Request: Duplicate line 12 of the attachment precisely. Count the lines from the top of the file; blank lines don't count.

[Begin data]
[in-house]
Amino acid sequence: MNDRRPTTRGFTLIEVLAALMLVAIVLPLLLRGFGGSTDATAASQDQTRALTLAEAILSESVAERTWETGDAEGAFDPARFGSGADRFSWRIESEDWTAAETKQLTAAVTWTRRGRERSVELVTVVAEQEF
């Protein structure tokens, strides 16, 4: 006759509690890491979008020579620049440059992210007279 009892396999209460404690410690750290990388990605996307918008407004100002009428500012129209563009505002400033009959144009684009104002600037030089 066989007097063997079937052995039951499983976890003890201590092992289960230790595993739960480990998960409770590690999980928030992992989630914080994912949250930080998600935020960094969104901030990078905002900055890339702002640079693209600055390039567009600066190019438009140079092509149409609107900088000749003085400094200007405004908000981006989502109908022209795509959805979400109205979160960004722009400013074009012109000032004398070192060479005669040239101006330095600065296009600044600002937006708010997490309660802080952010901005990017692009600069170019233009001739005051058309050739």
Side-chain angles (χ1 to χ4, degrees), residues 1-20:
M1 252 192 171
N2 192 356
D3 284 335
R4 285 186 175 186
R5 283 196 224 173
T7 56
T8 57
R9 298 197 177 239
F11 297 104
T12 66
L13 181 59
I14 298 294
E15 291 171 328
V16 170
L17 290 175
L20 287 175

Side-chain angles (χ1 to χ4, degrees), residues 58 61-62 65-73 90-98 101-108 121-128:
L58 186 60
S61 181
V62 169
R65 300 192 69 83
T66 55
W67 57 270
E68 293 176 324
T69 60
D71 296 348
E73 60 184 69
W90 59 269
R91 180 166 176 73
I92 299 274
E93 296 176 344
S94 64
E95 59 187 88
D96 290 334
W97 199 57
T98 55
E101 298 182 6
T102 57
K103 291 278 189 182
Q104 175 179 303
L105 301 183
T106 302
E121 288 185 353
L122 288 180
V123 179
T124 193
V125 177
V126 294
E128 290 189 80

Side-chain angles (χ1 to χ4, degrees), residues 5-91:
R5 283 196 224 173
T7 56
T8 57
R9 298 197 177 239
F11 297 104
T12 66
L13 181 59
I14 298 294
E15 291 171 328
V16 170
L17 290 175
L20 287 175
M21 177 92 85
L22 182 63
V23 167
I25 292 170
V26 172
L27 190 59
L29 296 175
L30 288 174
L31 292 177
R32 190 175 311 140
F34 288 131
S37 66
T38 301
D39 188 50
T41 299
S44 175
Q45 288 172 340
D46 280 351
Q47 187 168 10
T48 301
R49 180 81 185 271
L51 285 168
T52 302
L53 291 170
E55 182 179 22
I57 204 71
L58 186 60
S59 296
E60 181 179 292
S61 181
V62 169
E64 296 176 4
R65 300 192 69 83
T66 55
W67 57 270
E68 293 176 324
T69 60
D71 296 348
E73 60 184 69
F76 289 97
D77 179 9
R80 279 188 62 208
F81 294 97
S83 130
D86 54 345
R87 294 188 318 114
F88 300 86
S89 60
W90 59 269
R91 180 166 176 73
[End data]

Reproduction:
R9 298 197 177 239